if you continued the service, it is presumed that you found it to be
acceptable.

You really need to speak to an attorney, because you may not have a case,
and it would be better for you to act based on facts, rather than
supposition. A NG is not a good place to get legal advice. Call a lawyer.
July 7, 2004 6:30:48 PM

Archived from groups: alt.cellular.verizon,alt.cellular.attws (More info?)

"Upset" <cgive@hotmail.com> wrote in message
news:87ca3fcb.0407070604.52546fa4@posting.google.com...
> Steven J Sobol <sjsobol@JustThe.net> wrote in message
news:<euydncDOf_1NHnbdRVn-sQ@lmi.net>...
> > In alt.cellular.verizon Upset <cgive@hotmail.com> wrote:
> >
> > > Actually no. The dispute is with Verizon Wireless. I left them and
> > > went to ATTWS. The complaint I filed with the FCC was back in
> > > December. Verizon wrote the FCC a little over 4 months later pretty
> > > much telling them that "Everything is ok now, nothing to worry about".
> > > So the FCC closed the complaint and considered it resolved.
> >
> > OK, I definitely understand why you complained to the FCC, but this is a
> > collections issue, and probably also an interstate commerce issue, and
as such
> > the F*T*C, not the FCC, would be the place to complain (and it's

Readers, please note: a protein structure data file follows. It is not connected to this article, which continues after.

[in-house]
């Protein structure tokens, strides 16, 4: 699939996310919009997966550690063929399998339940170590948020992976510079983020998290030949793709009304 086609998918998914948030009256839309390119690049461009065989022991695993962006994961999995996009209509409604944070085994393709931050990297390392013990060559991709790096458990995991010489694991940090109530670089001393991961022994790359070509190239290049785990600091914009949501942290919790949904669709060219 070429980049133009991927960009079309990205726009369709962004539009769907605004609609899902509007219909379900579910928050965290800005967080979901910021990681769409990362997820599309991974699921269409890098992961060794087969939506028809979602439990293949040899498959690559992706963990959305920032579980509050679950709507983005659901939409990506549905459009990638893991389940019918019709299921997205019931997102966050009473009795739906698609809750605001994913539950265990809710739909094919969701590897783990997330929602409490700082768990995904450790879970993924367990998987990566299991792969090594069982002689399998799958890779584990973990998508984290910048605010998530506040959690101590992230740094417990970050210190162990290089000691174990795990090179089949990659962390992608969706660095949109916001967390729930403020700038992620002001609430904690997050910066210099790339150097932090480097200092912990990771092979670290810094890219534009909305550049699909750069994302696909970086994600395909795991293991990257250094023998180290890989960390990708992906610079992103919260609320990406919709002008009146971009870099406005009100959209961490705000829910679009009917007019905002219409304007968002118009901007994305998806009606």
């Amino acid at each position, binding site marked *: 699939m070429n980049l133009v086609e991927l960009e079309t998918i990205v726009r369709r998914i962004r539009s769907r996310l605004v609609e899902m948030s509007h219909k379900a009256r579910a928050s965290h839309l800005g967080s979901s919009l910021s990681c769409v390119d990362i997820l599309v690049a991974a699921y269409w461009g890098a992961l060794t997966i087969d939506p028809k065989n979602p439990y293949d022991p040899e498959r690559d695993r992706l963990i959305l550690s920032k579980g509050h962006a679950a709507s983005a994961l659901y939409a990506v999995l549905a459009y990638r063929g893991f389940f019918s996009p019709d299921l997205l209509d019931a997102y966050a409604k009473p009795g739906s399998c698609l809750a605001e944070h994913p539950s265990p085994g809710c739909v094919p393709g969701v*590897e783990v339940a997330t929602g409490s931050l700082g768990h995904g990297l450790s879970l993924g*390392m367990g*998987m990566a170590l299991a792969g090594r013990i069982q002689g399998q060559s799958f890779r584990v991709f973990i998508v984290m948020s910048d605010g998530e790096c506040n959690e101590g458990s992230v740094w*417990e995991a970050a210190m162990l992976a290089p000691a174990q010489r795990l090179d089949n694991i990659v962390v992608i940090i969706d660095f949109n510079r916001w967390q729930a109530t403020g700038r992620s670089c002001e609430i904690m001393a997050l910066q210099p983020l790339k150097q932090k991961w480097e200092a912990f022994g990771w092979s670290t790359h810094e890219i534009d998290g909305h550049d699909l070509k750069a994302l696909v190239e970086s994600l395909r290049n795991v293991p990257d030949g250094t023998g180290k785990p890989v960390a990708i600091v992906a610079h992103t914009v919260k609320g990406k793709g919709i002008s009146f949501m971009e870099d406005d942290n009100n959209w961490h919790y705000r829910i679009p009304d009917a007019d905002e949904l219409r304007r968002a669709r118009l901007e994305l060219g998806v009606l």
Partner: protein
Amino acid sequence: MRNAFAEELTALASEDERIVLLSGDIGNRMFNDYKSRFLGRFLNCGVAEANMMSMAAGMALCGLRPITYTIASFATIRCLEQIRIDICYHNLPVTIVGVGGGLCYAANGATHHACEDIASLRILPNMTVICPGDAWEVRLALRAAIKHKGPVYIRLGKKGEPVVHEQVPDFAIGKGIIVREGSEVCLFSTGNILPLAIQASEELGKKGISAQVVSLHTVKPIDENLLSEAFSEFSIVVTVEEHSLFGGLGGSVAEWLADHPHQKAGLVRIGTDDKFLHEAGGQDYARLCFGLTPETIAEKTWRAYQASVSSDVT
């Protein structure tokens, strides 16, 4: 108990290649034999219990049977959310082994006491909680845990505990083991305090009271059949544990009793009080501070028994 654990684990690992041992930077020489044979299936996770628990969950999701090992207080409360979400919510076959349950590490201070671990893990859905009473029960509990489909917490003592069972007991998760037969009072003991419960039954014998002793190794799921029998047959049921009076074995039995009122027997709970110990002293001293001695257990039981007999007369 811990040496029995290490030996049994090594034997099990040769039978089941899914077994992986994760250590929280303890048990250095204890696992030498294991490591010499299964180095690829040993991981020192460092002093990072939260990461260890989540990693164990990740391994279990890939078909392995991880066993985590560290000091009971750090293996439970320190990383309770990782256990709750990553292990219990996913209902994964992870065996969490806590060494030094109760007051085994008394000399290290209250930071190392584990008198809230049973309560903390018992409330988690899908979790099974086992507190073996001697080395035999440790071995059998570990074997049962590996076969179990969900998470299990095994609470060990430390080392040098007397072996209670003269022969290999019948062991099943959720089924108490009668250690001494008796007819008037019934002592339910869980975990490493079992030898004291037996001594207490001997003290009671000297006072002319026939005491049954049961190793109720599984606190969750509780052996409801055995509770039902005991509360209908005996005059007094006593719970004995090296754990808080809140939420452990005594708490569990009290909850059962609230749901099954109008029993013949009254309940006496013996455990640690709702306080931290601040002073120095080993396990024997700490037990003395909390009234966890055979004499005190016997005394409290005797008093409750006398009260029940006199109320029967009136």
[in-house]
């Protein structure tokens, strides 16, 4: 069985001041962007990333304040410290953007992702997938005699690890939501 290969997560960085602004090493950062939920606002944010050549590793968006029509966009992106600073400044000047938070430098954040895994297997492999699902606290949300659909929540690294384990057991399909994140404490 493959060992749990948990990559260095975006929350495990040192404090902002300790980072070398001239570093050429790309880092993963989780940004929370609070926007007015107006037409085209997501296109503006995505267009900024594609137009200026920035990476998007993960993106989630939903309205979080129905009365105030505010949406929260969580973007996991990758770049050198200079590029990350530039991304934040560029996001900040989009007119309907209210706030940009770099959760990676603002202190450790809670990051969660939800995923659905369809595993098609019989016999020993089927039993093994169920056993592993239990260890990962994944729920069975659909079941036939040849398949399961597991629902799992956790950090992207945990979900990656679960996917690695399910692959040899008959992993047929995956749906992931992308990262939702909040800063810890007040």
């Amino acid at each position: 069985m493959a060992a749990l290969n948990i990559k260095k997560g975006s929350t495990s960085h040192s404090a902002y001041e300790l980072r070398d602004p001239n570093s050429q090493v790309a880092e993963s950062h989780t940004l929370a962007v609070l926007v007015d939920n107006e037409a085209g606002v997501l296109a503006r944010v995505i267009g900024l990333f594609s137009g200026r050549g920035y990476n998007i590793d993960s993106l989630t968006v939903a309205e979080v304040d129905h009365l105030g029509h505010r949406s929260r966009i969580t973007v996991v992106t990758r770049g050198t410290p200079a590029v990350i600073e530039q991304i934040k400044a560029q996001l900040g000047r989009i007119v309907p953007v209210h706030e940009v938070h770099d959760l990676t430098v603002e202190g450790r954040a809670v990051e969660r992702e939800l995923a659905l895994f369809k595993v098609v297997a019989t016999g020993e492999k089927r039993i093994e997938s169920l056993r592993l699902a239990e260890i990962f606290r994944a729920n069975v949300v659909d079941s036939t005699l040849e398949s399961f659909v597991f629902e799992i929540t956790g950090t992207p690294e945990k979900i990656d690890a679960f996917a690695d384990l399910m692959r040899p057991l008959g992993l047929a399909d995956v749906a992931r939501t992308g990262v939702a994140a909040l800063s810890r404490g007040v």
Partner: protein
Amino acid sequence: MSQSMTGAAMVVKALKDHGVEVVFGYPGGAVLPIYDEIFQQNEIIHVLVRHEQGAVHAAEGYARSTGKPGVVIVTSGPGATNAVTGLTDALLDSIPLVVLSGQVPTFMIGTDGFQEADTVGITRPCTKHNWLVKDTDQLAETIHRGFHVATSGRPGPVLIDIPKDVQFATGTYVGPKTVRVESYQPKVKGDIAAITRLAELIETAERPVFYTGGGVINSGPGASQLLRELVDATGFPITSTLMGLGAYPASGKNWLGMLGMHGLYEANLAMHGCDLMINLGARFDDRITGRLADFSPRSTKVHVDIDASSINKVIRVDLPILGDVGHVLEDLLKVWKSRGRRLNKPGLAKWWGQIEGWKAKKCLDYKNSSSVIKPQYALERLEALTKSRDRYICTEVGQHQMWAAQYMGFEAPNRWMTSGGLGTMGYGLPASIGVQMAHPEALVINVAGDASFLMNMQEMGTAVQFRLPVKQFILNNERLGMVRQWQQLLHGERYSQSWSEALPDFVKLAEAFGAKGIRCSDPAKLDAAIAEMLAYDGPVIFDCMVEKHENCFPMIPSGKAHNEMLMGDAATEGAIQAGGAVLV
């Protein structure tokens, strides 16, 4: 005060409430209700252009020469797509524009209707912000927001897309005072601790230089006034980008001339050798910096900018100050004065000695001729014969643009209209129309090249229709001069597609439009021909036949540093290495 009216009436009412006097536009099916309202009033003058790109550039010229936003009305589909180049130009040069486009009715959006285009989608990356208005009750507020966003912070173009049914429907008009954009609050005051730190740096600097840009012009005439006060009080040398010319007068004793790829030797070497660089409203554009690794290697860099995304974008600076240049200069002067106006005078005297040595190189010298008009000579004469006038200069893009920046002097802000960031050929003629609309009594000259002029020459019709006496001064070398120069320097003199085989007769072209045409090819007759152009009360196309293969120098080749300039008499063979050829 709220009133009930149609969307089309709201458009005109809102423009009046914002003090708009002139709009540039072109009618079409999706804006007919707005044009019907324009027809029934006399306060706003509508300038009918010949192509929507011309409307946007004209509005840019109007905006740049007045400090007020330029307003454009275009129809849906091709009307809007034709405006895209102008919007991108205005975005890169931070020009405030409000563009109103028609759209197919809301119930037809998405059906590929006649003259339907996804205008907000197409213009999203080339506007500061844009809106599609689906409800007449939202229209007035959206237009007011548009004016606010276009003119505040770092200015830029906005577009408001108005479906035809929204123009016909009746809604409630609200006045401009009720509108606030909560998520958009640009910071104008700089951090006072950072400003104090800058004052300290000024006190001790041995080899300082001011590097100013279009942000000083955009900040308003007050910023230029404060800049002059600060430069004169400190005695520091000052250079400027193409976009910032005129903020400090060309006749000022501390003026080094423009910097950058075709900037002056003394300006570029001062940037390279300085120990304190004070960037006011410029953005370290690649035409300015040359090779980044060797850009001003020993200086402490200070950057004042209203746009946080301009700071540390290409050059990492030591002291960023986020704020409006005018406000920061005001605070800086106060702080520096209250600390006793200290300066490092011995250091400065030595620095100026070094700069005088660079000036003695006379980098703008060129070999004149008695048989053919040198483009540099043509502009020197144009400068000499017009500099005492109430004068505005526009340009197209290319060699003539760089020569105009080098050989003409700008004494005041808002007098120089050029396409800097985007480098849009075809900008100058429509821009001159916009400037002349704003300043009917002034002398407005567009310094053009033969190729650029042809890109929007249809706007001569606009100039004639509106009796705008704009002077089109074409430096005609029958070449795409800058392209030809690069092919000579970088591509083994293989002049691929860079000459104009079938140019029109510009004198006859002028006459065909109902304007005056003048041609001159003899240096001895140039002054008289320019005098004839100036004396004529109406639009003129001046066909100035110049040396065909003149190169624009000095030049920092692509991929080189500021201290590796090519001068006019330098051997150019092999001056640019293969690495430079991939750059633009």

questionable
> > whether they'd do anything, but the FCC doesn't have any say in credit
and
> > collections issues; the FTC regulates that kind of stuff).
> >
> > > And I doubt you would side with Verizon Wireless, if their own reps
> > > agreed that the service I was receiving was not satisfactory. But...
> > > they don't have the authority to waive a termination.
> >
> > That's what I just ran into in the past month. My situation is
different;
> > I now have a Sprint phone, and I dropped to the $15/month emergency
plan.
> > I'm less than two months from end of contract. The outlay will be a lot
less
> > than the $175 ETF.
> >
> > > And like I said, the people at the FCC told me this morning that yes
> > > it is legal for them to send me to collections. Even though this
> > > complaint is still being addressed, Verizon Wireless is still allowed
> > > to proceed with collections.
> >